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22.7.09

William Christie

It is well known how much we love William Christie here at Ionarts, so much so that we have suggested he be appointed American ambassador to France. Now that he is a French citizen, perhaps he should be the French ambassador to the United States. If it meant having him and Les Arts Florissants resident in Washington for a change, I'm all for it. Do not miss Christie's interview with Norman Lebrecht, broadcast on Monday night on BBC Radio 3 and available by streaming webcast for five more days. Memorable moments include Christie's memories, mostly bad, of studying with Ralph Kirkpatrick (with reference to Kirkpatrick's bad memories of studying with Wanda Landowska), the recounting of how he came to leave the United States because of his opposition to the Vietnam War, his near-miss with Nadia Boulanger, and especially his account of working with Peter Sellers on that infamous production of Handel's Theodora (in which he more or less accuses Sellars of provoking his mild heart attack just before that production's premiere, by sending him a book on The Art of Dying).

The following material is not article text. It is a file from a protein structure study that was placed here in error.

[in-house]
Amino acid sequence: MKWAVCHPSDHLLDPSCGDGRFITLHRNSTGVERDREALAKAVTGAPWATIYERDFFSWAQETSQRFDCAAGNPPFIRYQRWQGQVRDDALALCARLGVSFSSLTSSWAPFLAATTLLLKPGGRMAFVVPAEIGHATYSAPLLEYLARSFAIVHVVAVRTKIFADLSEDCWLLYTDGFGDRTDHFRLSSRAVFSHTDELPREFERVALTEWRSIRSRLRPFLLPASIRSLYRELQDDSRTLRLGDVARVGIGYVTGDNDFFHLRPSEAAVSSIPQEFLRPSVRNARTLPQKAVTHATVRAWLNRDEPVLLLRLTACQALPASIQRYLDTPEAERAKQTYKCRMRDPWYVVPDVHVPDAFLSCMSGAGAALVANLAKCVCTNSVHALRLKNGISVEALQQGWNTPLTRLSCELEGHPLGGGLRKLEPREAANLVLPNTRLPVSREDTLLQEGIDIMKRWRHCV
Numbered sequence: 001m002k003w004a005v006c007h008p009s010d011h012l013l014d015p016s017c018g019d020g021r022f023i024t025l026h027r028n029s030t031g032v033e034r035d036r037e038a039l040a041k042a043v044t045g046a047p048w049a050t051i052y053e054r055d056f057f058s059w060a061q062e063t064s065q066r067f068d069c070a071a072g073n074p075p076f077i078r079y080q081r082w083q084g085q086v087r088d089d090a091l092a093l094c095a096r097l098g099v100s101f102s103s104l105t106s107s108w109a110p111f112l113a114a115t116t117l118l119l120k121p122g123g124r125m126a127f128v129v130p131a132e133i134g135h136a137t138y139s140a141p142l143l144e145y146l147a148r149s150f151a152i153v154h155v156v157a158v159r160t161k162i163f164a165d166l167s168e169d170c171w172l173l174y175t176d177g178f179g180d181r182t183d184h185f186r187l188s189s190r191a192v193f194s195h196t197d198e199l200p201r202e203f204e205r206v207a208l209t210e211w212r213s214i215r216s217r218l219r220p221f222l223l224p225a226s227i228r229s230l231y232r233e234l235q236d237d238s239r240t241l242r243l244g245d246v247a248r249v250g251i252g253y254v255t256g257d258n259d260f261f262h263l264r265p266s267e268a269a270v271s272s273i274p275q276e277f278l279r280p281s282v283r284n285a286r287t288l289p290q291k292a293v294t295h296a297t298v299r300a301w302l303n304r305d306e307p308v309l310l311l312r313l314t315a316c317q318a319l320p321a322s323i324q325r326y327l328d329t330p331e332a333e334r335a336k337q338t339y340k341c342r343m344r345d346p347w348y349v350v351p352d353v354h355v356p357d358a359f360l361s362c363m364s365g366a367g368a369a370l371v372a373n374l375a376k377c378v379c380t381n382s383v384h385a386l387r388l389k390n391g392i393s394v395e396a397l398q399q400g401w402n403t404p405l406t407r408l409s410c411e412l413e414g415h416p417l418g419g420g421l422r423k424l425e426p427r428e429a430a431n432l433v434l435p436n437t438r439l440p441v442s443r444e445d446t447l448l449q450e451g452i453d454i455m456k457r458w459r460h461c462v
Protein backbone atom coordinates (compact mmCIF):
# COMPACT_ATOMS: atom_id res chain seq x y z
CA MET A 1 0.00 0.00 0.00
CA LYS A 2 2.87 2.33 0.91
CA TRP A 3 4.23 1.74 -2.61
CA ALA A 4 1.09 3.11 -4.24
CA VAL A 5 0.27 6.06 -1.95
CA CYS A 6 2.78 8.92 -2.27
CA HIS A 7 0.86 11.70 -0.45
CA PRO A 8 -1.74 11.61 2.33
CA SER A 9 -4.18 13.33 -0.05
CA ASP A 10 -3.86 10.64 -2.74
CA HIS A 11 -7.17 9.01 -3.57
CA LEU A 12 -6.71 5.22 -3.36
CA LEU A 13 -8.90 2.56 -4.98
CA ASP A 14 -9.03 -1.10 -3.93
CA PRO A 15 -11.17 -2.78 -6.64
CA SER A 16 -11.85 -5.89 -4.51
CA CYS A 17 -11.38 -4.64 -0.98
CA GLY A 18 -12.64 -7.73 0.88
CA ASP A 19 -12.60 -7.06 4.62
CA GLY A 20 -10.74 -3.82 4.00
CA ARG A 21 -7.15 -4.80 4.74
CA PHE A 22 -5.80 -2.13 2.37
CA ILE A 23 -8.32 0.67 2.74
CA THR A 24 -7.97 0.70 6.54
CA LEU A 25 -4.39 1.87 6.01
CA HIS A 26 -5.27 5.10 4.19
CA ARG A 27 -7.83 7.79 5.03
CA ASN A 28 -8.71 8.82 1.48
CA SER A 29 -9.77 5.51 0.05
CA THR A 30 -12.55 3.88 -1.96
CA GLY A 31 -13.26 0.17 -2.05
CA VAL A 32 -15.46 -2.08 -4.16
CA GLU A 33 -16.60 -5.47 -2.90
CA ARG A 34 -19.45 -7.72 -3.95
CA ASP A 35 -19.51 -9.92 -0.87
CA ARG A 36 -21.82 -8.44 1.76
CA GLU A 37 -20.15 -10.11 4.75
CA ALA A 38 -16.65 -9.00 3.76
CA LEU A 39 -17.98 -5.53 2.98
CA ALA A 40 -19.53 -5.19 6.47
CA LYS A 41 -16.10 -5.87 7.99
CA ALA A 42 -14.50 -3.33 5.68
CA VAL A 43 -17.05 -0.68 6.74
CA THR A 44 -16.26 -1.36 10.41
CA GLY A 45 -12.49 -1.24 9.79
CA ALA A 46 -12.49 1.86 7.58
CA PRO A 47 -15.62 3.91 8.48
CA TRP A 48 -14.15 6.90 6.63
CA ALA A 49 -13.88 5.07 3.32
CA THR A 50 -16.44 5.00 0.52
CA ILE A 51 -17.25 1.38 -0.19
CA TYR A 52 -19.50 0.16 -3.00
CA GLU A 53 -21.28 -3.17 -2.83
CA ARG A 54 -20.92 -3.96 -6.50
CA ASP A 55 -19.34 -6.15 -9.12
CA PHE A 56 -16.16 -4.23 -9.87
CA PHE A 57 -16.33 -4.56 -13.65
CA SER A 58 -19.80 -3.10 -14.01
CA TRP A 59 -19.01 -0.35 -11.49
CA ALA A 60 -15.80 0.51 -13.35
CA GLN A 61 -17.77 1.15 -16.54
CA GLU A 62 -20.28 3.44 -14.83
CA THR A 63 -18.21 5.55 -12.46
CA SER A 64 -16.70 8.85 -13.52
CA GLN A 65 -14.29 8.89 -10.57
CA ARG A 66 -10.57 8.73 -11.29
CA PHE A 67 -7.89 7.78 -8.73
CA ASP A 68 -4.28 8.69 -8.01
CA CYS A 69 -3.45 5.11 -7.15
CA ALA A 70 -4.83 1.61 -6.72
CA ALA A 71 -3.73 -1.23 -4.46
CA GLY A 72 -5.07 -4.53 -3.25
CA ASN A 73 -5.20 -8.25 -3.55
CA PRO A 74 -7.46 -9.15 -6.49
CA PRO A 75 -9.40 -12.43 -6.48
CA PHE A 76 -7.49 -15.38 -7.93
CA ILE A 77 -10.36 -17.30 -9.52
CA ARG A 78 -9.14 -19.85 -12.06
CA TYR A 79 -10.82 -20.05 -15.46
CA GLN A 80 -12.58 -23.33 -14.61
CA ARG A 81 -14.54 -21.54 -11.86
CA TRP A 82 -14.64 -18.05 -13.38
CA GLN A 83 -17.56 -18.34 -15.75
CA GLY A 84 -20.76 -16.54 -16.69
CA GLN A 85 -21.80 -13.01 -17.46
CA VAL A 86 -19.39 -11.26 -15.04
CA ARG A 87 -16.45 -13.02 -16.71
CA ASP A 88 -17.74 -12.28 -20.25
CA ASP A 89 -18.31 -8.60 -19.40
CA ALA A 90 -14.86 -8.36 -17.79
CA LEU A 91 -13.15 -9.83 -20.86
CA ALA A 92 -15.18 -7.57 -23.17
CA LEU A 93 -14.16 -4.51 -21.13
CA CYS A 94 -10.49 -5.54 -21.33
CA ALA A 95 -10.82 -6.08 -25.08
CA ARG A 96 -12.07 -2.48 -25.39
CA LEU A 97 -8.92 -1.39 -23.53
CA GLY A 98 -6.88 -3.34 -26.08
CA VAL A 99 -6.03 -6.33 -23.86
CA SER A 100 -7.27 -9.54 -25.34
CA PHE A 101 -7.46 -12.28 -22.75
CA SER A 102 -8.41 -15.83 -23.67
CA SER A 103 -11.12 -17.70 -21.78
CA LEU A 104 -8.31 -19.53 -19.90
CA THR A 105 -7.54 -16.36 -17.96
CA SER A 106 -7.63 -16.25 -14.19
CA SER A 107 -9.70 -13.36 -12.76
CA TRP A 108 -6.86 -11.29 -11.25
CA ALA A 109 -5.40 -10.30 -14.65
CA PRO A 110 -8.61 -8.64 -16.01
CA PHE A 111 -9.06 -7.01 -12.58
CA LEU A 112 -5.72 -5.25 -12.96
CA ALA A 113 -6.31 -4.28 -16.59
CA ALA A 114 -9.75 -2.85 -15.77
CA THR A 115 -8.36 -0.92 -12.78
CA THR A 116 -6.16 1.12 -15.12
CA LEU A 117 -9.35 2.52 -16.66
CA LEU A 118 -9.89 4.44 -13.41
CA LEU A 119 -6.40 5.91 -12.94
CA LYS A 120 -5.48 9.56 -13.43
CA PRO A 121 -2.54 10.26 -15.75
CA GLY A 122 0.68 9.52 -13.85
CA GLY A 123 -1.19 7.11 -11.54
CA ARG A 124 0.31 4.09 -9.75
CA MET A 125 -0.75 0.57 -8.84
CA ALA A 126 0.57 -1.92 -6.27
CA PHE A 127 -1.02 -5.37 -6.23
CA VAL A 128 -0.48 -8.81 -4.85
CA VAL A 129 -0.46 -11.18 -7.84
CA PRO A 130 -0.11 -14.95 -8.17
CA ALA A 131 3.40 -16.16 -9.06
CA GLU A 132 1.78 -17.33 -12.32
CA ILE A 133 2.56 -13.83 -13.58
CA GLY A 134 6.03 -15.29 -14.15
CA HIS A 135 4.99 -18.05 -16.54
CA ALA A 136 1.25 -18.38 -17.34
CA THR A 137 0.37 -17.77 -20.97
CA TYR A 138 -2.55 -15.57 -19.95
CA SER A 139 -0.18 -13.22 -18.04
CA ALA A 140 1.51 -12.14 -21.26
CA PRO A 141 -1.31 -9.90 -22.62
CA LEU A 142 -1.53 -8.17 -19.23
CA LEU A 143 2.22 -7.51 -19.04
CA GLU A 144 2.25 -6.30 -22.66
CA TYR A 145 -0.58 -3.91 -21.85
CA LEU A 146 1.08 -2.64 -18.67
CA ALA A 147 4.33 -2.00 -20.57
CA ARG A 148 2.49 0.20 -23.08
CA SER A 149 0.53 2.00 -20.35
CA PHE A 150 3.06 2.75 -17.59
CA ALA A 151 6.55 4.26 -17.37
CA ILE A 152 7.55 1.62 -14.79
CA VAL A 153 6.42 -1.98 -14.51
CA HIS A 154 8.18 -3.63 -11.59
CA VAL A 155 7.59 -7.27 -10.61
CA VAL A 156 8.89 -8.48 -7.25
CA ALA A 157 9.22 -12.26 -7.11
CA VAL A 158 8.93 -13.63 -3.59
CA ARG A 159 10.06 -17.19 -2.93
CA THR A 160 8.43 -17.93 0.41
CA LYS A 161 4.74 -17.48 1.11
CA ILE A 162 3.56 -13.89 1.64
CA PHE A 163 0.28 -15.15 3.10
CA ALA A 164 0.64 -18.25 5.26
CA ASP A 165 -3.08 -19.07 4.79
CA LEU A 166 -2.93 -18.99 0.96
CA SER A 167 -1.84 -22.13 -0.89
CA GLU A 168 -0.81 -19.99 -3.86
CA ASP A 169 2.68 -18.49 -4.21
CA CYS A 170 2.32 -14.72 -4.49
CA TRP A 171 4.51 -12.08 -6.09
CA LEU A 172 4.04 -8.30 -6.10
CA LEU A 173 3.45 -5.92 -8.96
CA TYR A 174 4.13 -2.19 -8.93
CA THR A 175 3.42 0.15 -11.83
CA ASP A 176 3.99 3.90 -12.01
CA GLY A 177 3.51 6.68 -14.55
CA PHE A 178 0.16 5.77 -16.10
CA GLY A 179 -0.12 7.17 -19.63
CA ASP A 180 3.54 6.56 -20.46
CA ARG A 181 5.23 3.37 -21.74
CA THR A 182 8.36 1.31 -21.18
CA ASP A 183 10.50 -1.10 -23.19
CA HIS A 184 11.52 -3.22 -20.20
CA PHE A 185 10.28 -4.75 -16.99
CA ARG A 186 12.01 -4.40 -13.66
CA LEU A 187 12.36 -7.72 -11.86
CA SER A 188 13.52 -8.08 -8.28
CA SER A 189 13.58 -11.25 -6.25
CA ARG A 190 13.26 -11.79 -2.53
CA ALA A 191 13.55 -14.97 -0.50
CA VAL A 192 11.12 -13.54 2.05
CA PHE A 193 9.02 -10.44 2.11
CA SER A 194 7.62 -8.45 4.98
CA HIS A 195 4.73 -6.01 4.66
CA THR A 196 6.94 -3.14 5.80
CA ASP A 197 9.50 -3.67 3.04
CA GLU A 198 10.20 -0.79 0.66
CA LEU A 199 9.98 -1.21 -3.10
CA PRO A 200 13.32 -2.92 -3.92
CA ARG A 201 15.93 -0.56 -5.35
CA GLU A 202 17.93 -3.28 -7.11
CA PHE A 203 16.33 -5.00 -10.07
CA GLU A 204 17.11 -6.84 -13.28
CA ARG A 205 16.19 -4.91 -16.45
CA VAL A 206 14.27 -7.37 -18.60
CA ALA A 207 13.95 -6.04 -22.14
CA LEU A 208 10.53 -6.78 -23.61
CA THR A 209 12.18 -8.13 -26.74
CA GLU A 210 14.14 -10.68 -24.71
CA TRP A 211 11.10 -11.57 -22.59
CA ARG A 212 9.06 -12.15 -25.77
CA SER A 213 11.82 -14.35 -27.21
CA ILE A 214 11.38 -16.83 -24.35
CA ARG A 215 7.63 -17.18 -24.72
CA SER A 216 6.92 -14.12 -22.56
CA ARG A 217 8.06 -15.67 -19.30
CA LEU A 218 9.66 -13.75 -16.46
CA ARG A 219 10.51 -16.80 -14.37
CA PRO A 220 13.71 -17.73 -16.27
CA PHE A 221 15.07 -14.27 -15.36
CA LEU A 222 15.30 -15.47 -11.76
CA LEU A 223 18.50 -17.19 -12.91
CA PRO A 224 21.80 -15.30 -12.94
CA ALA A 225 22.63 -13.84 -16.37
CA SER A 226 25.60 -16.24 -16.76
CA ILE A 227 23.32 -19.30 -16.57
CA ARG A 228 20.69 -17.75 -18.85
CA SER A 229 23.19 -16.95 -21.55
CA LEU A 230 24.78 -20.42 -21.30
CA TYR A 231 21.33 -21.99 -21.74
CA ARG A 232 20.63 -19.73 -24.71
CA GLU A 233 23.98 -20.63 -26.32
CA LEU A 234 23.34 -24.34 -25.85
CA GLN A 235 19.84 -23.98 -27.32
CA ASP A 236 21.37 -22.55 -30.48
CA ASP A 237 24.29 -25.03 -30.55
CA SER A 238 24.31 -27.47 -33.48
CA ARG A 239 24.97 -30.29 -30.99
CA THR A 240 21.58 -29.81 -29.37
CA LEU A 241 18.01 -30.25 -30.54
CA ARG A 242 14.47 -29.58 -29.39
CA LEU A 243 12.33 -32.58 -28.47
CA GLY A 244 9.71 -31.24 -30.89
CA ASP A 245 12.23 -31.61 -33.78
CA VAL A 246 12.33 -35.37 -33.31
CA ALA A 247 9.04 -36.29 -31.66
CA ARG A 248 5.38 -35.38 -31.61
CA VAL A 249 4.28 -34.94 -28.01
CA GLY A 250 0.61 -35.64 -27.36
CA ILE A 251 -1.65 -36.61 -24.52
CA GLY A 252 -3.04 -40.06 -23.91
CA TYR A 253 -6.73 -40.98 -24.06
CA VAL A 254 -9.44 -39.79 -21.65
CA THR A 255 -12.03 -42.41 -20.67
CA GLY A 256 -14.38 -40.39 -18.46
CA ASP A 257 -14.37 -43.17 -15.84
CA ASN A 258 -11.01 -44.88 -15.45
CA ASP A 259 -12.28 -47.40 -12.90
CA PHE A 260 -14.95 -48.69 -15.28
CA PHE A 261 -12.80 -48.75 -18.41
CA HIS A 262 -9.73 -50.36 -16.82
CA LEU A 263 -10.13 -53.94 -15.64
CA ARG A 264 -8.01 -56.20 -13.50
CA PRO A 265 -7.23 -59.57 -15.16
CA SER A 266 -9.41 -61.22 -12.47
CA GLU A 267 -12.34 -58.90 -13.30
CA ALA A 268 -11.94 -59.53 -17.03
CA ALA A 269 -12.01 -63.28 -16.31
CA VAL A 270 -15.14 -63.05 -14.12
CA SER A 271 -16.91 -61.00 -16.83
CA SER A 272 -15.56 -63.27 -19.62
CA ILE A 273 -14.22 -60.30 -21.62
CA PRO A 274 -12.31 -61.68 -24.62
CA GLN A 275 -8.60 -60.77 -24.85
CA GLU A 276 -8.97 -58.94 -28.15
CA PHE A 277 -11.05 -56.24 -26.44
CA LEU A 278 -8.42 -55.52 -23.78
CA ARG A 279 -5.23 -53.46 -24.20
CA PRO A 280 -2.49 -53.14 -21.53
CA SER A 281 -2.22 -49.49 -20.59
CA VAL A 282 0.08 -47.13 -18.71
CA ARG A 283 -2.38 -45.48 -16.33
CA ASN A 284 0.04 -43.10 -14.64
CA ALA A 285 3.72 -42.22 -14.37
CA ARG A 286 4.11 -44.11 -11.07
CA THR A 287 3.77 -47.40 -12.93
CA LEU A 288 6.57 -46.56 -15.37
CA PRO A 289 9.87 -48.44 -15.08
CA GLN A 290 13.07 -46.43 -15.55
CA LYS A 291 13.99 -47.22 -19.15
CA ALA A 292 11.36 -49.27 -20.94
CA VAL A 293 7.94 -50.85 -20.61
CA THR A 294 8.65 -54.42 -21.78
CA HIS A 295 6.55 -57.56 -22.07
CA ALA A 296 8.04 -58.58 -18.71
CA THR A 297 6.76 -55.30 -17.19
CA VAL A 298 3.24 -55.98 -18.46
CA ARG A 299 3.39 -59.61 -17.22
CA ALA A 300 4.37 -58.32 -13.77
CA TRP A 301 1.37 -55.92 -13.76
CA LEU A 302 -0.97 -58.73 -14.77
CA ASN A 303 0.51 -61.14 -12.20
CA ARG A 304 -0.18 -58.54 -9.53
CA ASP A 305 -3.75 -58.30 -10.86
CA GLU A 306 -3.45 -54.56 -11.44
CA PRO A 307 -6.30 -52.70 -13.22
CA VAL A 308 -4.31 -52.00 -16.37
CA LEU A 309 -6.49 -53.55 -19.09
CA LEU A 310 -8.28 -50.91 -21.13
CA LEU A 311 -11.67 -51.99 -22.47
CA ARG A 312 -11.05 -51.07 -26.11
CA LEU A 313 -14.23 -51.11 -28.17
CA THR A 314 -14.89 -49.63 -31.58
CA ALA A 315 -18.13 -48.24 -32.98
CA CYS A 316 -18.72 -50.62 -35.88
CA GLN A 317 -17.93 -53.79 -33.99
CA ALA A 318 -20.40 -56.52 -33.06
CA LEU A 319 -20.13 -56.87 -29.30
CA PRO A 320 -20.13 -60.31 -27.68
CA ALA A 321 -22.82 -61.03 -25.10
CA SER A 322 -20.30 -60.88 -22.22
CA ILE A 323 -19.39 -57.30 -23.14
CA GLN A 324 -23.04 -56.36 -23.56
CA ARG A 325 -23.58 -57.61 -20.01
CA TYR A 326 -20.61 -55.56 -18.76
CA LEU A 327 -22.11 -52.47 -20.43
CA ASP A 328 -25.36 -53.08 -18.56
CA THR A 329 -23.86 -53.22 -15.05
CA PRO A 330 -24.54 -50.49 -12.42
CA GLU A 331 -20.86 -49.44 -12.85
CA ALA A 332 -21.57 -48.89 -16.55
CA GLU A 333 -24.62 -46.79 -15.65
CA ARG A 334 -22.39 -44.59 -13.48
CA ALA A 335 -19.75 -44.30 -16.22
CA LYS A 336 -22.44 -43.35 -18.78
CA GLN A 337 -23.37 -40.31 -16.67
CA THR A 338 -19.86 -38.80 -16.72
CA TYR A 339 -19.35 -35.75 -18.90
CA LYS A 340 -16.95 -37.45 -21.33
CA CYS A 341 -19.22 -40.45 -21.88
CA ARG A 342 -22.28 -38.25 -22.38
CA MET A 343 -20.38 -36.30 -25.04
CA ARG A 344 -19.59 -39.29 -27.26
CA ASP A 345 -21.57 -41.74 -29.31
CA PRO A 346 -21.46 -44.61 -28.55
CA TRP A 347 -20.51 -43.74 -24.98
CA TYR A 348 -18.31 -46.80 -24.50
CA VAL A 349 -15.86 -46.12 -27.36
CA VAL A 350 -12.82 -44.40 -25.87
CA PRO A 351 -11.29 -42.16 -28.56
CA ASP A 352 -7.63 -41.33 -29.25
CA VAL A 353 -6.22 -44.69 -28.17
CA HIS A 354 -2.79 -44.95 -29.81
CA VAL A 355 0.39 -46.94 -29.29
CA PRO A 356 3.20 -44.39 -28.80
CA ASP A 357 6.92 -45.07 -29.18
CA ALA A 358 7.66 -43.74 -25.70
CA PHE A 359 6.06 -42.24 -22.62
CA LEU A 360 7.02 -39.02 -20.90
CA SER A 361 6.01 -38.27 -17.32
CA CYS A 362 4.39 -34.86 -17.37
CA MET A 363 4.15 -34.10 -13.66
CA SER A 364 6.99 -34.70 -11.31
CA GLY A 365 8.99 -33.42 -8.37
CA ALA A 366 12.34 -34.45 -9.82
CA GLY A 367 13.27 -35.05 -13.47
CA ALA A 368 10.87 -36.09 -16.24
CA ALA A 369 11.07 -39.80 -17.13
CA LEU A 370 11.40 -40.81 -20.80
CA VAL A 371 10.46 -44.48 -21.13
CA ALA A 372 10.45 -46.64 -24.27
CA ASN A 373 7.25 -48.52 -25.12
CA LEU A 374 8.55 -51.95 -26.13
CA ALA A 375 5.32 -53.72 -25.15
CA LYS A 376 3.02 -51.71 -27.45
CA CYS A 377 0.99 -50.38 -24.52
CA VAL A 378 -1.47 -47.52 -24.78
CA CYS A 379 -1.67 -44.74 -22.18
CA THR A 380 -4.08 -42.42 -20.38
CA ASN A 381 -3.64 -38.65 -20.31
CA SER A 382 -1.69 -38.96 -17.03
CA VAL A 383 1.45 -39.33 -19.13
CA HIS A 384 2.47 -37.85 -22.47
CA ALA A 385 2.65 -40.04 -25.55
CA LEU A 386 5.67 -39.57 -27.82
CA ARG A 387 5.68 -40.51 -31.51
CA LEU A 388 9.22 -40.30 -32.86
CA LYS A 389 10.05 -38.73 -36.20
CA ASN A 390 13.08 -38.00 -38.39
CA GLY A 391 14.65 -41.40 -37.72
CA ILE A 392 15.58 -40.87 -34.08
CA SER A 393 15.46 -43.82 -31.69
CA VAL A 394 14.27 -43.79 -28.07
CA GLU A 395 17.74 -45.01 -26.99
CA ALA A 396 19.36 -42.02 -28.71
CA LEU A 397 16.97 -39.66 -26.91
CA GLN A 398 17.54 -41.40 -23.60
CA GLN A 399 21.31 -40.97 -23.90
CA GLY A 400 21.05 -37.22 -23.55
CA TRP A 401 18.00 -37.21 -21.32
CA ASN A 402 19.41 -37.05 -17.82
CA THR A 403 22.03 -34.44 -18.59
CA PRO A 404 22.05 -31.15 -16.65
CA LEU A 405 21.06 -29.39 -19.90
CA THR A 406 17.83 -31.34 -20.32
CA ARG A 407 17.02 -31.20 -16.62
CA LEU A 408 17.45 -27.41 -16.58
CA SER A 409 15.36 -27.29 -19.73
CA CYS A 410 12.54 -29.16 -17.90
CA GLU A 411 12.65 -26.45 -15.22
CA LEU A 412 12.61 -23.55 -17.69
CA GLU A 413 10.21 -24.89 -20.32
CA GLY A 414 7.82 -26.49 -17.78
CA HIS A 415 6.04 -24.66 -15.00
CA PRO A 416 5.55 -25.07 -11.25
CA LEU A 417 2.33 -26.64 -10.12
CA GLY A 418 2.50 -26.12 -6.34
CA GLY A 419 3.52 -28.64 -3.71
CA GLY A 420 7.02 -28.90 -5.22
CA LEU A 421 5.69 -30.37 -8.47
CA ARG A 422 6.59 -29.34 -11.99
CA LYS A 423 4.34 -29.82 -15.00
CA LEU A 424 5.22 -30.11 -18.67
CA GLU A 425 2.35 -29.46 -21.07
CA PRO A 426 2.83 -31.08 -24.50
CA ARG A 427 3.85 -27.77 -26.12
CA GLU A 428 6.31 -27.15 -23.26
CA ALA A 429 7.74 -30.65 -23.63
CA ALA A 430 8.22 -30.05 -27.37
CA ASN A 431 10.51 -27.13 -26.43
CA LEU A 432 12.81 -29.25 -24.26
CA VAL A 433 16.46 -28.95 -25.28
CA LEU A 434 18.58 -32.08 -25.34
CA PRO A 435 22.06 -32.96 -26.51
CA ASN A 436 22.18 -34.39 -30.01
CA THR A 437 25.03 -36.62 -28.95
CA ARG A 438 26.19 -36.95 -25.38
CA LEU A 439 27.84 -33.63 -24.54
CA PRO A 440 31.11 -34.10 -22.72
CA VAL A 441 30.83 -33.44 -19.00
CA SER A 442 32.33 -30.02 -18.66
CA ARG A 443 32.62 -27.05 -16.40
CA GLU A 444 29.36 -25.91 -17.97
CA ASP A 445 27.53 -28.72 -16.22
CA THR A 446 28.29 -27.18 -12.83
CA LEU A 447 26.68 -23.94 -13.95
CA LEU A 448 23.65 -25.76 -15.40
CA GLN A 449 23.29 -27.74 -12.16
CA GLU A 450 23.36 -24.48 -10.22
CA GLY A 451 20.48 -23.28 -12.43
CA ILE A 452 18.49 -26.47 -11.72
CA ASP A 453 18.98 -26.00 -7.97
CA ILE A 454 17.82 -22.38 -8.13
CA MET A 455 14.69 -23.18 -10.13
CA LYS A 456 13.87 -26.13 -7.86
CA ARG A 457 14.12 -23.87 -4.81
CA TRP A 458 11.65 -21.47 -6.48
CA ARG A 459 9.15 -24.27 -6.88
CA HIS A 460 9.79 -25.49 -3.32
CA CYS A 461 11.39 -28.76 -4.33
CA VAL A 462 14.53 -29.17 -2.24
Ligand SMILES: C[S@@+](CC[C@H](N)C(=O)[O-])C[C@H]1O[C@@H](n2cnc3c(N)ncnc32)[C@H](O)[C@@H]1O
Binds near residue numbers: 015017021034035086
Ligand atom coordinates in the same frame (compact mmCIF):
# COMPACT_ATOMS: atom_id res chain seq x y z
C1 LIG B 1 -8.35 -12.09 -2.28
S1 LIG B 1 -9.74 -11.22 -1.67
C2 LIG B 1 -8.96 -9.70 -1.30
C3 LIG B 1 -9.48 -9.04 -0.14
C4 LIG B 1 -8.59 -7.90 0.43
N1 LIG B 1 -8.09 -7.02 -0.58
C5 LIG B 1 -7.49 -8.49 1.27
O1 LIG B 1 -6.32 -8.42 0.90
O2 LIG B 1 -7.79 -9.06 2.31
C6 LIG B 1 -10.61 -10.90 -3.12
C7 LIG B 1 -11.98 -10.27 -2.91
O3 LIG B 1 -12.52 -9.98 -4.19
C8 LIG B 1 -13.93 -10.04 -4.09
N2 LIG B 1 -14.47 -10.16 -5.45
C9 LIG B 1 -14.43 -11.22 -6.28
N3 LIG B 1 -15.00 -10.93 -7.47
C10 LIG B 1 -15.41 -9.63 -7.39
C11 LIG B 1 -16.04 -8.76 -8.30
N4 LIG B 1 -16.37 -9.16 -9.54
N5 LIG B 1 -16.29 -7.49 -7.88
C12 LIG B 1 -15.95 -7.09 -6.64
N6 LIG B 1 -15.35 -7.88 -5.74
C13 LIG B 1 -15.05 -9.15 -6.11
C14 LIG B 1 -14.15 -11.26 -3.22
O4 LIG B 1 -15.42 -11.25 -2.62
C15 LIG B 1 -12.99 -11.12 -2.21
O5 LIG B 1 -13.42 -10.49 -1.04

After you listen to the interview, tune in for Christie's appearance at this year's Proms, last night's semi-staged performance of Purcell's The Fairy Queen, with Carolyn Sampson and the Orchestra of the Age of Enlightenment. It will also be available, along with the rest of the Proms concerts by webcast, but only for a week after the radio broadcast.

Other Prom webcasts not to miss this week before they disappear: Paul McCreesh's performance of Haydn's Creation (the same cast as his gorgeous recording except a different Gabriel and different Eve, through July 25); Handel's Partenope with the Danish Opera cast, including Andreas Scholl, under Lars Ulrik Mortensen and Concerto Copenhagen (through July 26); music for the Henry VIII anniversary, with Andrew Carwood and the Cardinall's Musick (through July 26); Bernard Haitink's Mahler 9 with the London Symphony Orchestra (through July 27); and two settings of the Seven Last Words, by Haydn and James Macmillan, with Manchester Camerata (through July 27).

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